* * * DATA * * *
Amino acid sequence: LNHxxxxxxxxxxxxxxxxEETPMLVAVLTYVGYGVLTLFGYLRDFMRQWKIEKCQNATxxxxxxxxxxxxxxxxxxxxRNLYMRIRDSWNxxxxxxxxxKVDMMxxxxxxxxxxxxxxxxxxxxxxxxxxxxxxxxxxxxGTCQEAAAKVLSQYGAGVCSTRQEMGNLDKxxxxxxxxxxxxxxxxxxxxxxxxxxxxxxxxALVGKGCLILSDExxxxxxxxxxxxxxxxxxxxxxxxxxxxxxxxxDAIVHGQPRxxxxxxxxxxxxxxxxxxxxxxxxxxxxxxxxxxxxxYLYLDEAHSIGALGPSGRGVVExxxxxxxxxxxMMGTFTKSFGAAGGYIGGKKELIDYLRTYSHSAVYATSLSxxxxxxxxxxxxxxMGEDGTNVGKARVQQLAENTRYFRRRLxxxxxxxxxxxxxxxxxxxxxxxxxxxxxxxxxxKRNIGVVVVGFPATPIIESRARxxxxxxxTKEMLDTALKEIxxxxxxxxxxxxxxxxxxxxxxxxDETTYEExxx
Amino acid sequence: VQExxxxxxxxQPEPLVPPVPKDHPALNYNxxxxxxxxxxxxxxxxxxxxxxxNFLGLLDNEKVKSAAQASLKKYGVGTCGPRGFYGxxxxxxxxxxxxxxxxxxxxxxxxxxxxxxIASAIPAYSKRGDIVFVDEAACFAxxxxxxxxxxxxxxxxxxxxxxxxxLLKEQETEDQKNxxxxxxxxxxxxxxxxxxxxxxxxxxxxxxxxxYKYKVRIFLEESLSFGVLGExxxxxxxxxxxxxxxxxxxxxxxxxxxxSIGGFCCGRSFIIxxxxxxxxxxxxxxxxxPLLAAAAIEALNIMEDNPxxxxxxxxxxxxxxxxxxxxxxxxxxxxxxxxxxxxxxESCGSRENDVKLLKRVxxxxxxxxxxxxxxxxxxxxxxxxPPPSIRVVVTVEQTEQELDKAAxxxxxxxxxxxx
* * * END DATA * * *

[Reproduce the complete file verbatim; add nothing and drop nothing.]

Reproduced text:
Amino acid sequence: LNHxxxxxxxxxxxxxxxxEETPMLVAVLTYVGYGVLTLFGYLRDFMRQWKIEKCQNATxxxxxxxxxxxxxxxxxxxxRNLYMRIRDSWNxxxxxxxxxKVDMMxxxxxxxxxxxxxxxxxxxxxxxxxxxxxxxxxxxxGTCQEAAAKVLSQYGAGVCSTRQEMGNLDKxxxxxxxxxxxxxxxxxxxxxxxxxxxxxxxxALVGKGCLILSDExxxxxxxxxxxxxxxxxxxxxxxxxxxxxxxxxDAIVHGQPRxxxxxxxxxxxxxxxxxxxxxxxxxxxxxxxxxxxxxYLYLDEAHSIGALGPSGRGVVExxxxxxxxxxxMMGTFTKSFGAAGGYIGGKKELIDYLRTYSHSAVYATSLSxxxxxxxxxxxxxxMGEDGTNVGKARVQQLAENTRYFRRRLxxxxxxxxxxxxxxxxxxxxxxxxxxxxxxxxxxKRNIGVVVVGFPATPIIESRARxxxxxxxTKEMLDTALKEIxxxxxxxxxxxxxxxxxxxxxxxxDETTYEExxx
Amino acid sequence: VQExxxxxxxxQPEPLVPPVPKDHPALNYNxxxxxxxxxxxxxxxxxxxxxxxNFLGLLDNEKVKSAAQASLKKYGVGTCGPRGFYGxxxxxxxxxxxxxxxxxxxxxxxxxxxxxxIASAIPAYSKRGDIVFVDEAACFAxxxxxxxxxxxxxxxxxxxxxxxxxLLKEQETEDQKNxxxxxxxxxxxxxxxxxxxxxxxxxxxxxxxxxYKYKVRIFLEESLSFGVLGExxxxxxxxxxxxxxxxxxxxxxxxxxxxSIGGFCCGRSFIIxxxxxxxxxxxxxxxxxPLLAAAAIEALNIMEDNPxxxxxxxxxxxxxxxxxxxxxxxxxxxxxxxxxxxxxxESCGSRENDVKLLKRVxxxxxxxxxxxxxxxxxxxxxxxxPPPSIRVVVTVEQTEQELDKAAxxxxxxxxxxxx